Local communities near Lara are up in arms over restrictions that are being implemented to protect the turtle nesting beaches of Lara-Toxeftra.
Their angry reaction was prompted by a clear warning from the Fisheries and Marine Research Department that it will not tolerate any violation of the laws adopted to protect the turtle nesting beaches — including a complete ban on sunbeds and umbrellas.
Inia community leader Yiangos Tsivikos told Phileleftheros that his community was being discriminated against as it was not allowed to ‘make the best’ of the beaches for swimmers and local communities.
To press the community’s demand, a protest is planned on September 1, he added.
“If they think this will be just a gathering after which we will just go back to our communities they are mistaken. The Department of Fisheries and all those in authority should realise that they are making a mistake with the discrimination we are suffering all thse years,” he said.
Earlier on Friday, Tsivikos told CyBC’s Trito programme that turtles and human can coexist. He said the local council has submitted a proposal for an organised beach with up to 100 umbrellas as well as sunbeds and a kiosk at Loura beach and suggested that one of the two beaches should be for turtles and the other for people.
He said that he had not received a reply and meanwhile swimmers who go to the beaches with umbrellas are told these are not allowed by Department of Fisheries officials who monitor the area.
“So they just pack up and leave,” he said.
The Agriculture Ministry has already made clear that it will not tolerate violations of the law. Agriculture Minister Costas Kadis told CyBC that the ministry did not want a feud with the local community, but insisted that the law needed to be upheld in order to protect the turtles.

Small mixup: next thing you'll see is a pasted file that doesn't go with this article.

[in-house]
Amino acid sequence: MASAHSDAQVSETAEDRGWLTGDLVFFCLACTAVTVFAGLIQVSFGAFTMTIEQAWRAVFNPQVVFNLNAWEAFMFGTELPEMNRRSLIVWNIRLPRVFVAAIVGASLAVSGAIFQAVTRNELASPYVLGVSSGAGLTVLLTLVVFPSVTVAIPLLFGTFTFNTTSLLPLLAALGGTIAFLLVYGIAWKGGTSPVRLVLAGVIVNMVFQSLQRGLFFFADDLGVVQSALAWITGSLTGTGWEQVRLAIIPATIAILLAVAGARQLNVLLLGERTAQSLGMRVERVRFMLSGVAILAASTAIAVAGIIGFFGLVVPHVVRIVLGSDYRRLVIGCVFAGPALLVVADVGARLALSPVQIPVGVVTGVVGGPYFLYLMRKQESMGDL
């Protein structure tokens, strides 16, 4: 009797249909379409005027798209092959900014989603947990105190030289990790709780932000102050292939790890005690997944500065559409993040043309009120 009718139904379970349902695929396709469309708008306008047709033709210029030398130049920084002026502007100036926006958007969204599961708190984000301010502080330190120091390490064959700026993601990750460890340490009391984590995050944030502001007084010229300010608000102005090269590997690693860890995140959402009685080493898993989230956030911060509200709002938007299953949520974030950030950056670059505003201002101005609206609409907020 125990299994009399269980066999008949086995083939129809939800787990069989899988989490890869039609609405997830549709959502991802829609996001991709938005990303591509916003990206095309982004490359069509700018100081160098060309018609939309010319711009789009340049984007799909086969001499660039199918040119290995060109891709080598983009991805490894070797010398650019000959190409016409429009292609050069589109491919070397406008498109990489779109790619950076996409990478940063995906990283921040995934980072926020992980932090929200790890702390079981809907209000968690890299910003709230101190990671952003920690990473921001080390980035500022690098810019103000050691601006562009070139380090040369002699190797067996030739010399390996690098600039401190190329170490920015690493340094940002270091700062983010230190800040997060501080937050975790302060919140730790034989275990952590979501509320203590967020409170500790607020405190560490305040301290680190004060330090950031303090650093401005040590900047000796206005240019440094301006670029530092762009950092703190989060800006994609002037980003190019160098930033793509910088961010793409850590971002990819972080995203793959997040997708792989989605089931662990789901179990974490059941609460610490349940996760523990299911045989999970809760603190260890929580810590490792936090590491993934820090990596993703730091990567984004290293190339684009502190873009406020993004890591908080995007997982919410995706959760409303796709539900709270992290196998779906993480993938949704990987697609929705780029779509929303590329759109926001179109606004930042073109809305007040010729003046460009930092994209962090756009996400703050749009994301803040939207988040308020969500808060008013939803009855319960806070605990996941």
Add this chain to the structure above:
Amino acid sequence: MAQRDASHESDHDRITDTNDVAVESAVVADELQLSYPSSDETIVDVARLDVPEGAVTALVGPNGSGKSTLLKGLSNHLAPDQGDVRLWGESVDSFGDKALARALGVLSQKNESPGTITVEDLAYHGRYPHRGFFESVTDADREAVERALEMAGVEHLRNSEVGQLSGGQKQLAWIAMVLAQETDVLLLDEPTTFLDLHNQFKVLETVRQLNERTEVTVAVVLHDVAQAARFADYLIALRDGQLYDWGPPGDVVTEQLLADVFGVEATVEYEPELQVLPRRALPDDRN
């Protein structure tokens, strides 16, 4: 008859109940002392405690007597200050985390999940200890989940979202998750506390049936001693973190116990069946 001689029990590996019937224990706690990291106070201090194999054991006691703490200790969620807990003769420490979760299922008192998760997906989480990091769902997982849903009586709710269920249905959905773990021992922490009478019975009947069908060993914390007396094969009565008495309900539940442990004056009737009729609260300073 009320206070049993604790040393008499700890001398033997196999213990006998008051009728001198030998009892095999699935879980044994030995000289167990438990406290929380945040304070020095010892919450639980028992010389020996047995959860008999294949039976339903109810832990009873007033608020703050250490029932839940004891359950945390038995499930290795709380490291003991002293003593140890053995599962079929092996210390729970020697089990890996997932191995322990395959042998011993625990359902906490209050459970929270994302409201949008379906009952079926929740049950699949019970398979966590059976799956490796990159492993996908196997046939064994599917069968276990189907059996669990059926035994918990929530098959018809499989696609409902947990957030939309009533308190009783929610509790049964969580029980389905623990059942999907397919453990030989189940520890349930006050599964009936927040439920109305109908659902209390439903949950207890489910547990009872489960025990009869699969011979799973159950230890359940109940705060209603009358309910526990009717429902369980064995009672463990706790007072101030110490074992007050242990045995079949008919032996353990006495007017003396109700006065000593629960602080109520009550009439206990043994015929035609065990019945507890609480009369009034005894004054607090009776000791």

He added that when swimmers are informed that Lara-Toxeftra are protected beaches where special rules apply, most approve and are happy to cooperate.
Turtles are protected by Cyprus law and the Barcelona convention and Cyprus’ turtle preservation programme is considered one of the most successful in the world
Diko MP Charalambos Pittokopitis said that up until two years ago, swimmers could go to Lara and Toxeftra beach with their umbrellas with no problem. Today, they’ve remembered that there is an issue and they are handing out fines, he added.
As a result of restrictions like these the area has become a giant ‘old people’s home’, he added.
“Local authorities and the residents of the Akamas are asking for the self-evident. Protection of the turtles and protection of the people of the area,” he said adding that he had visited turtle nesting beaches in Zakynthos where there were facilities for swimmers.
But the minister insisted that the Akamas area had unique features that needed to be respected by everyone.
“We are talking about an area of world importance which is protected by European conventions which supersede Cyprus law,” he said.
He added that authorities had taken a tougher stance in the past two years because the situation at Lara-Toxeftra had risked gertting out of control as a result of all types of human activity.
Kadis said that the experts do not agree that the area can host an organised beach. “That is why Lara is considered by international bodies as a success story while areas such as Zakynthos and others cited by some do not have our success,” he said.
Implementation of the Akamas management plan will generate significant revenue for communities as access to the national park will be through their communities, he added.